• ‘Typhoid fever had risen to epidemic proportions among migrant workers in the borough communities of London during this time.’
    • ‘HIV has reached epidemic proportions in India.’
    • ‘Scalp ringworm is reaching epidemic proportions in parts of Britain's cities.’
    • ‘The prevalence of obesity in the United States has reached epidemic proportions.’
    • ‘In short, humanity faces a growing global mental illness crisis of epidemic proportions.’
    • ‘Diabetes has reached epidemic proportions in this country, particularly among the Aboriginal population.’
    • ‘Diabetes mellitus is a chronic disease that has reached epidemic proportions.’
    • ‘Although Type 2 diabetes mellitus appears in almost epidemic proportions our knowledge of the mechanism of this disease is limited.’
    • ‘In the end the disease could spread in epidemic proportions.’
    • ‘The incidence of skin cancer is increasing by epidemic proportions.’
    • ‘The body louse, Pediculus humanus corporis, is a vector of epidemic typhus, trench fever, and relapsing fever.’
    • ‘During this earlier period (and to a certain extent even now), middle ear disease was of epidemic proportions in the north.’
    • ‘Diabetes is reaching epidemic proportions in Ireland.’
    • ‘A timebomb disease has reached epidemic proportions in East Yorkshire with specialists seeing more and more cases of a once-rare fatal cancer.’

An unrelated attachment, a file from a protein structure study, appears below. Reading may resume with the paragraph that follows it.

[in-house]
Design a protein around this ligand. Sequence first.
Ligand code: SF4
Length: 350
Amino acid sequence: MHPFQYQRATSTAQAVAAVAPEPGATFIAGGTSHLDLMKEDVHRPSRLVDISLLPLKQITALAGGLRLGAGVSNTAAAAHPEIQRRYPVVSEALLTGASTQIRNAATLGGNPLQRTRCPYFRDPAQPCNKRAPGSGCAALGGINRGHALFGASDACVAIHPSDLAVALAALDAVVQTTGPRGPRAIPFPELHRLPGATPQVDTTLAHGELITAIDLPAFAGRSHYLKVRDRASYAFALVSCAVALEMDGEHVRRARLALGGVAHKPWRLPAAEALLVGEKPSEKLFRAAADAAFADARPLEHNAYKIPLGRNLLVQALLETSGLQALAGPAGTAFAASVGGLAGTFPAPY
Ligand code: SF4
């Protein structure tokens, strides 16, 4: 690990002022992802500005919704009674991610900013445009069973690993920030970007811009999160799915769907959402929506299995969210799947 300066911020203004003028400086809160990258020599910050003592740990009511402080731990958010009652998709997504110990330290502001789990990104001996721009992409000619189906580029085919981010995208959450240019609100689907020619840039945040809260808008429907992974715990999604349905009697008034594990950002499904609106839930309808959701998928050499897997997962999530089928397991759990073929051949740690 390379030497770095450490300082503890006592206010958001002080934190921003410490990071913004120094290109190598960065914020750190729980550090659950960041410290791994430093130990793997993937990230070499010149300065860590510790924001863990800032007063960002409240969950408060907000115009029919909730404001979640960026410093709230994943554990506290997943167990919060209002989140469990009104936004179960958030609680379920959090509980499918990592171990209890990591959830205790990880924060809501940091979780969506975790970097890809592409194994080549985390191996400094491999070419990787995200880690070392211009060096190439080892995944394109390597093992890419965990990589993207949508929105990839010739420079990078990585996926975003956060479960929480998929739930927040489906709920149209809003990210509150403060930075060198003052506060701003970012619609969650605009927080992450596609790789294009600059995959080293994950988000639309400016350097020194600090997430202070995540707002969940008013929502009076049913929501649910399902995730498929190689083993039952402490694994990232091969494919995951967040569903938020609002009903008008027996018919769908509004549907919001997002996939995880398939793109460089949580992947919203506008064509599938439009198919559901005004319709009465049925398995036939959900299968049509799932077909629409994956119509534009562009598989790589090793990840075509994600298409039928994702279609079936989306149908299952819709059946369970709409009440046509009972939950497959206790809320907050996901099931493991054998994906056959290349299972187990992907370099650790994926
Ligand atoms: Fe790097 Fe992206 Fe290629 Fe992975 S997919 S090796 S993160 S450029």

• ‘The disease assumed epidemic proportions for the first time in Taiwan in 1998, claiming 70 lives.’
    • ‘Cardiovascular disease has reached near epidemic proportions in Africa.’
    • ‘Asbestos disease is reaching epidemic proportions in Australia.’
    • ‘When a sickness reaches epidemic proportions, there is a frantic search for a cure.’
    • ‘The nineteenth century developed a number of causative theories for the finite nature of epidemic disease.’
    rife, rampant, widespread, wide-ranging, extensive, sweeping, penetrating, pervading
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A disease that quickly and severely affects a large number of people and then subsides is an epidemic: throughout the Middle Ages, successive epidemics of the plague killed millions. Epidemic is also used as an adjective: she studied the causes of epidemic cholera. A disease that is continually present in an area and affects a relatively small number of people is endemic: malaria is endemic in (or to) hot, moist climates. A pandemic is a widespread epidemic that may affect entire continents or even the world: the pandemic of 1918 ushered in a period of frequent epidemics of gradually diminishing severity. Thus, from an epidemiologist's point of view, the Black Death in Europe and AIDS in sub-Saharan Africa are pandemics rather than epidemics


Early 17th century (as an adjective): from French épidémique, from épidémie, via late Latin from Greek epidēmia ‘prevalence of disease’, from epidēmios ‘prevalent’, from epi ‘upon’ + dēmos ‘the people’.